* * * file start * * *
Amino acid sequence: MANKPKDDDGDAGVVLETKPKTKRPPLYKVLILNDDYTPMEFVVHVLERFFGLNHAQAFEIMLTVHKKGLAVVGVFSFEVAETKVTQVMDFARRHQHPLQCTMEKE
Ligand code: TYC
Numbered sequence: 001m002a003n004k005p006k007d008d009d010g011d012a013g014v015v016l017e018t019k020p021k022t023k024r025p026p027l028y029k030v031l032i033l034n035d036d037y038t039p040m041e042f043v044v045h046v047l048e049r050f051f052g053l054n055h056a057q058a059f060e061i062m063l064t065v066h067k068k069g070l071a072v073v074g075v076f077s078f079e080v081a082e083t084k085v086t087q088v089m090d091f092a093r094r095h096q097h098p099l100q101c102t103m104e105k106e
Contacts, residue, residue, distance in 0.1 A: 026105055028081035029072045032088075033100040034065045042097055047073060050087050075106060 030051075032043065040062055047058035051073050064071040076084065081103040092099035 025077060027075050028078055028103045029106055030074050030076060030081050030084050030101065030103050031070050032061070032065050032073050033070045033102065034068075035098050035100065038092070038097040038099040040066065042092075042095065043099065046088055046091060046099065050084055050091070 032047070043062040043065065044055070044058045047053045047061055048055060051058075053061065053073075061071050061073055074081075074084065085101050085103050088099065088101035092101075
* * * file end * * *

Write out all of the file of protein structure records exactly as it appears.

Amino acid sequence: MANKPKDDDGDAGVVLETKPKTKRPPLYKVLILNDDYTPMEFVVHVLERFFGLNHAQAFEIMLTVHKKGLAVVGVFSFEVAETKVTQVMDFARRHQHPLQCTMEKE
Ligand code: TYC
Numbered sequence: 001m002a003n004k005p006k007d008d009d010g011d012a013g014v015v016l017e018t019k020p021k022t023k024r025p026p027l028y029k030v031l032i033l034n035d036d037y038t039p040m041e042f043v044v045h046v047l048e049r050f051f052g053l054n055h056a057q058a059f060e061i062m063l064t065v066h067k068k069g070l071a072v073v074g075v076f077s078f079e080v081a082e083t084k085v086t087q088v089m090d091f092a093r094r095h096q097h098p099l100q101c102t103m104e105k106e
Contacts, residue, residue, distance in 0.1 A: 026105055028081035029072045032088075033100040034065045042097055047073060050087050075106060 030051075032043065040062055047058035051073050064071040076084065081103040092099035 025077060027075050028078055028103045029106055030074050030076060030081050030084050030101065030103050031070050032061070032065050032073050033070045033102065034068075035098050035100065038092070038097040038099040040066065042092075042095065043099065046088055046091060046099065050084055050091070 032047070043062040043065065044055070044058045047053045047061055048055060051058075053061065053073075061071050061073055074081075074084065085101050085103050088099065088101035092101075